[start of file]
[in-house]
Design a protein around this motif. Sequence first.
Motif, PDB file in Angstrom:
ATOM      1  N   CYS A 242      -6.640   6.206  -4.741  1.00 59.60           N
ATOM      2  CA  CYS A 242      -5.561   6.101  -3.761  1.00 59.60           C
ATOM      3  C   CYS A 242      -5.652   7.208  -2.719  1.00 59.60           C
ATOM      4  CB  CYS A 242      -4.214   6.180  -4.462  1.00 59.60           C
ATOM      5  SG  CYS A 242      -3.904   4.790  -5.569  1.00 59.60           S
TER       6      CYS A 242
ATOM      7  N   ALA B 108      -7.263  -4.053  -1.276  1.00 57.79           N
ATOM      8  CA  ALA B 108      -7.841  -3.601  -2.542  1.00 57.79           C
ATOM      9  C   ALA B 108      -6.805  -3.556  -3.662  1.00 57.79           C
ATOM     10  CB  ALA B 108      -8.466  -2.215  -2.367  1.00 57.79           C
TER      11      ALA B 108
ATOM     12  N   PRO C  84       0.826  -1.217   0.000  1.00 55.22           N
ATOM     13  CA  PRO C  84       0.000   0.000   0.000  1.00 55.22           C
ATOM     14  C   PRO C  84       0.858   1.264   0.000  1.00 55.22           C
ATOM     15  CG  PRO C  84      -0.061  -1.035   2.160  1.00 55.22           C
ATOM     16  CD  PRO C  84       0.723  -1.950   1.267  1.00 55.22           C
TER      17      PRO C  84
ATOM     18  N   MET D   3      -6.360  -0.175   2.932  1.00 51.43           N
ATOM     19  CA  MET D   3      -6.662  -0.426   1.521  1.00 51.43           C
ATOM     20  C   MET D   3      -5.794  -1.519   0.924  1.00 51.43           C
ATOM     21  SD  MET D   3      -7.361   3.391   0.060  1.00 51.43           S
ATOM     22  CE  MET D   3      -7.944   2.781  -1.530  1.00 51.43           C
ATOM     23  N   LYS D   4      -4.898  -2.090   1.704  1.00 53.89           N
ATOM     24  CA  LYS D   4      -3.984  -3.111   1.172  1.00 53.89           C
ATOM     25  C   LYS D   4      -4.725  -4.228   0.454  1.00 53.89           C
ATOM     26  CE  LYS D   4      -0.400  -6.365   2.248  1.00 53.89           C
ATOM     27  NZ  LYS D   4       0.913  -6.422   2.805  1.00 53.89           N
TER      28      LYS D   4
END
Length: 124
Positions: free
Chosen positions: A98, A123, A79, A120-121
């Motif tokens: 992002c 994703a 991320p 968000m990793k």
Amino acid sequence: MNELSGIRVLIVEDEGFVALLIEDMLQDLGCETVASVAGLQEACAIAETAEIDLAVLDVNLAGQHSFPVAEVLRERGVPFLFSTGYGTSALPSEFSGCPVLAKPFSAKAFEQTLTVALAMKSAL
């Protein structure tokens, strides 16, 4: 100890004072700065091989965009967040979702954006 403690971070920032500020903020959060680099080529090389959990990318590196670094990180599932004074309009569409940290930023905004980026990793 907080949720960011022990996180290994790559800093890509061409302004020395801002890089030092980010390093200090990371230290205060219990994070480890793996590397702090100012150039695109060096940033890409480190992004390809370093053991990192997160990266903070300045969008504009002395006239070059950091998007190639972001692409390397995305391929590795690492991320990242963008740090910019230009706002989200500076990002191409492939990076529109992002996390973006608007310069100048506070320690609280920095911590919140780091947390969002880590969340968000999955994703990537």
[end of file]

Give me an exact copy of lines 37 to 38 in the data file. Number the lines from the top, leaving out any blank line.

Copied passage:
Amino acid sequence: MNELSGIRVLIVEDEGFVALLIEDMLQDLGCETVASVAGLQEACAIAETAEIDLAVLDVNLAGQHSFPVAEVLRERGVPFLFSTGYGTSALPSEFSGCPVLAKPFSAKAFEQTLTVALAMKSAL
């Protein structure tokens, strides 16, 4: 100890004072700065091989965009967040979702954006 403690971070920032500020903020959060680099080529090389959990990318590196670094990180599932004074309009569409940290930023905004980026990793 907080949720960011022990996180290994790559800093890509061409302004020395801002890089030092980010390093200090990371230290205060219990994070480890793996590397702090100012150039695109060096940033890409480190992004390809370093053991990192997160990266903070300045969008504009002395006239070059950091998007190639972001692409390397995305391929590795690492991320990242963008740090910019230009706002989200500076990002191409492939990076529109992002996390973006608007310069100048506070320690609280920095911590919140780091947390969002880590969340968000999955994703990537």